“Depending on how bad the weather is, you might need a little longer spike to get down into the grass. Sometimes you might just need short spikes. When you see that, you probably see guys (on the sideline) getting their spikes switched out or make sure your spikes are tight to make sure they’re not coming out.”
Added Montgomery: “I always go with what I know I’m going to need. If I’m not sure about a certain pair of spikes … I’ll go with the ones that might seem a little excessive.”
Kickers and punters are different animals. Jacob Schum, the Packers’ punter, wears two soccer cleats in every game regardless of weather. And because soccer cleats are molded — meaning the spikes don’t come off — Schum relies on the same length spikes for every condition.
The only alteration he makes, and kicker Mason Crosby does the same, is to shave down the spikes near the front of the cleat to reduce the chance of scraping the ground as his leg swings through the ball.
“I wear the same sizes, same spike on each foot,” said Schum, who became accustomed to cold-weather punting during college at the University at Buffalo. “That’s just kind of how I’ve always been. If anything for me I just adjust my steps, it will be shorter steps, just in case you don’t slide or anything.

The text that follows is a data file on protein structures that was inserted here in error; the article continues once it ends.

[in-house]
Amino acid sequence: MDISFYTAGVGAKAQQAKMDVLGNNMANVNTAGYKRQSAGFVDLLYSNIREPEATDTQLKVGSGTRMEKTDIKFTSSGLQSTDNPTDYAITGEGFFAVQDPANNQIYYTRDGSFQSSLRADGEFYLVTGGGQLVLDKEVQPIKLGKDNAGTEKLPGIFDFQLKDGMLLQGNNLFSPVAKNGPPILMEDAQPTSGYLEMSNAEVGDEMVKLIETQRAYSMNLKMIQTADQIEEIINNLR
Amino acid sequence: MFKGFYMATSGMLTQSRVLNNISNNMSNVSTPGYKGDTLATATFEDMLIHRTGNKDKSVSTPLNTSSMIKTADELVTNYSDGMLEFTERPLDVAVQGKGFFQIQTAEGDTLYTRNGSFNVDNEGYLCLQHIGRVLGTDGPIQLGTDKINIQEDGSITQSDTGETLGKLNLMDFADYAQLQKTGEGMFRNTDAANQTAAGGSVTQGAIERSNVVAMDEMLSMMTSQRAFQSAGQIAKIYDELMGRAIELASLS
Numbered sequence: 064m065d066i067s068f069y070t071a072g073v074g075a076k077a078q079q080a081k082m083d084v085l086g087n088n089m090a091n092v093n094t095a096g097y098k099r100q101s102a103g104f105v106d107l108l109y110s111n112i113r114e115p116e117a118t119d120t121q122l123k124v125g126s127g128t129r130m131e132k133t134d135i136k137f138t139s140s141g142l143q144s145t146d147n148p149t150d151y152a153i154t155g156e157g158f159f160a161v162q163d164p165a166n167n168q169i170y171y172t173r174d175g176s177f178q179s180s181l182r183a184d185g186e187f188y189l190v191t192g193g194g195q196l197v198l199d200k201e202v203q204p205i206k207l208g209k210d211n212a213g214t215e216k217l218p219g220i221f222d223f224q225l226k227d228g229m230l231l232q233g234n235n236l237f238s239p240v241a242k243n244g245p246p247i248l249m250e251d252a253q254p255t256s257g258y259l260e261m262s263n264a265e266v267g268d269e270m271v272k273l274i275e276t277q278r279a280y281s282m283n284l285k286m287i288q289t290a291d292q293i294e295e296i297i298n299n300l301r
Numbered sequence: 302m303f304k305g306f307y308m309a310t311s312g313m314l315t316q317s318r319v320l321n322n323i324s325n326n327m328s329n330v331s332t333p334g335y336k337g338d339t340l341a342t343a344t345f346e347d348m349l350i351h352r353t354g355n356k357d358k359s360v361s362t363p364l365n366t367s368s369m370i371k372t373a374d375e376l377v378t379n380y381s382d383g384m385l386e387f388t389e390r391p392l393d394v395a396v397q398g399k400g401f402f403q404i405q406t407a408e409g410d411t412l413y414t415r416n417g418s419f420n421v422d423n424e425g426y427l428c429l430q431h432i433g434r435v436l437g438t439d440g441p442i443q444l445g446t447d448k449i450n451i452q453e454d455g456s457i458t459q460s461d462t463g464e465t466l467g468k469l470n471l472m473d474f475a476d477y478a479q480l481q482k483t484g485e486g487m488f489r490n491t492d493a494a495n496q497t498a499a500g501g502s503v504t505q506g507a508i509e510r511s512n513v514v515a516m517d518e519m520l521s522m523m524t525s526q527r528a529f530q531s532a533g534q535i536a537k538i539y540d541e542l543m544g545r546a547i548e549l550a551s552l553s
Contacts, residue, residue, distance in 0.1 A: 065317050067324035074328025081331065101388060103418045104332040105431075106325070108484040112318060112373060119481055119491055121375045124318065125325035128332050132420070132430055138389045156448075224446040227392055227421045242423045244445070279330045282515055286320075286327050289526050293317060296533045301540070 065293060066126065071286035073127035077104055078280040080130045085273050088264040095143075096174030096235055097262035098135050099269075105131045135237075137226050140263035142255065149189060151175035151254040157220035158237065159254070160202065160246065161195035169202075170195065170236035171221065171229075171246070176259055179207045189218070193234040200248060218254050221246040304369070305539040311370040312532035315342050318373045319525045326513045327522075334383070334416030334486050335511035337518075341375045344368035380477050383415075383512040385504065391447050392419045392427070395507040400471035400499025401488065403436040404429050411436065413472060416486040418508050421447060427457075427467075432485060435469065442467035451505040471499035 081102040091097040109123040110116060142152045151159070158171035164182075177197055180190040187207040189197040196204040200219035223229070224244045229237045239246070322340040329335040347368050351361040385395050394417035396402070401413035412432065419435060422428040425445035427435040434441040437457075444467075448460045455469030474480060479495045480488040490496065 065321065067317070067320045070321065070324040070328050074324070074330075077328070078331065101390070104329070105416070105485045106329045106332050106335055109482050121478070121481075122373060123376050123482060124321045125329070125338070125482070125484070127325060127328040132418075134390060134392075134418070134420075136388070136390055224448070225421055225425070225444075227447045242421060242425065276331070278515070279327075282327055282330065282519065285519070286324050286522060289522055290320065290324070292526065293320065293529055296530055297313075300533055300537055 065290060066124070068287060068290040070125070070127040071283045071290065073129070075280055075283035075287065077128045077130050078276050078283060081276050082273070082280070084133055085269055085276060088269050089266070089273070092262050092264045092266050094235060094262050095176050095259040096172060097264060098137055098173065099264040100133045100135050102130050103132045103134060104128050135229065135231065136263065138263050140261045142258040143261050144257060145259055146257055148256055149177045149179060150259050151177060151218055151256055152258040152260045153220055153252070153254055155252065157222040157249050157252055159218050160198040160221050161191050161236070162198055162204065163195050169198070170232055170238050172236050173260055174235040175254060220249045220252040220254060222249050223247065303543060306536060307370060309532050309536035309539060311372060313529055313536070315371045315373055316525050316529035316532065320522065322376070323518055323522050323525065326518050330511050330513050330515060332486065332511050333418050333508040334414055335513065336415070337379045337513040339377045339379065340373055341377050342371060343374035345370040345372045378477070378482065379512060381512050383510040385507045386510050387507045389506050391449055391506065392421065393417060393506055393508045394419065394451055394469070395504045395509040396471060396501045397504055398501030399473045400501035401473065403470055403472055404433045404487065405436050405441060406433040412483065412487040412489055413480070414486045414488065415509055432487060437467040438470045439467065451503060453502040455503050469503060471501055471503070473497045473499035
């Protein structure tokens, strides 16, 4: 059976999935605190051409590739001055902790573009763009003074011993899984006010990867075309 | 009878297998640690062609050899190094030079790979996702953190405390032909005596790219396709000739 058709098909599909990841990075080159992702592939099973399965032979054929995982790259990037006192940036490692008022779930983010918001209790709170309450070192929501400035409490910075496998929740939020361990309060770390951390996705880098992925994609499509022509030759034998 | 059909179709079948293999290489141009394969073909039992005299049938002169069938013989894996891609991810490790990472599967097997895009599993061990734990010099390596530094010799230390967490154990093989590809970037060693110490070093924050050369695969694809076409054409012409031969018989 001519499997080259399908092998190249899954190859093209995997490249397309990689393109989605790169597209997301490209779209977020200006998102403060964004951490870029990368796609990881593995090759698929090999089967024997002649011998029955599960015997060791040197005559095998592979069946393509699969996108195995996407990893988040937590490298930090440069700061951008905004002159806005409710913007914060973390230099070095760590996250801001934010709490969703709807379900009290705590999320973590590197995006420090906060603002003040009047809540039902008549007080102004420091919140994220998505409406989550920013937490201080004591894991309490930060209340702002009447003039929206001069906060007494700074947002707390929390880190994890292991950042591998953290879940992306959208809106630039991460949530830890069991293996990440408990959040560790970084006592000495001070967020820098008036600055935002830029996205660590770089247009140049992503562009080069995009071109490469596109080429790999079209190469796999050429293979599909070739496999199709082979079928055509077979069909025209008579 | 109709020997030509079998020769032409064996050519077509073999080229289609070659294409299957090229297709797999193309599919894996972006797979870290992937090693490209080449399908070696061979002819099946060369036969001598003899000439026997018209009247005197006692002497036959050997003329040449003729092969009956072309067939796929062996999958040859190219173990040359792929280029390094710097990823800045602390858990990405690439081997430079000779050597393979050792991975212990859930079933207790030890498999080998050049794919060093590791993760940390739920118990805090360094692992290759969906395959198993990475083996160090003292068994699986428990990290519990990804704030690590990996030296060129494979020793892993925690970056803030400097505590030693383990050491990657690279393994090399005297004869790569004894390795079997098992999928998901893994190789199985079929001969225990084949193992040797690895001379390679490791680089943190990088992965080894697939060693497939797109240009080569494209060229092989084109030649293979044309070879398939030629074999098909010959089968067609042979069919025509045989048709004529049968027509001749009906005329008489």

“I know not to take a giant plant step so I don’t fall on my butt.”
Which is what almost happened to Crosby on two separate occasions against the Texans. Unlike Schum, Crosby wears one soccer cleat on his kicking foot (right) and one football cleat on his plant foot (left).
Crosby began last week’s game with 1/2-inch spikes for his plant foot but quickly realized he needed something longer. Along the sideline, members of the equipment staff retooled his cleat with longer spikes in a process that takes approximately two or three minutes.
“I ended up going to the 3/4 inch (spikes), the long, black cleats just because the ice kept caking in there,” Crosby said. “First extra point and first kickoff I almost ate it just because I was doing everything I could — if you saw me on kickoffs — and every time I would get set, I would knock that (snow out of my cleats). It’s not ideal obviously. … But that just kind of became part of that routine for that game.”
The snow was problematic for his soccer cleat as well, and by halftime the kicking shoe was heavy with moisture. Crosby, who keeps a handful of cleats broken in at all times, switched to a new soccer cleat for the second half. (An interesting aside: Part of Crosby’s routine for breaking in new kicking shoes includes softening them in the steam room at Lambeau Field.)
The switch of the kicking shoe worked, and Crosby made all three of his extra points over the course of the game. Neither Crosby nor Texans kicker Nick Novak attempted a field goal.
“I just kind of went with it and made sure my cleats were cleared off as much as possible, or at least to start,” Crosby said. “I knew by the time I got to the ball there would be a little bit of accumulation there as far as that ice. You just have to trust that (the footing) will be there.”
But sometimes trust isn’t nearly enough.
Just ask Lane Taylor. You might have seen his spikes turn to skis.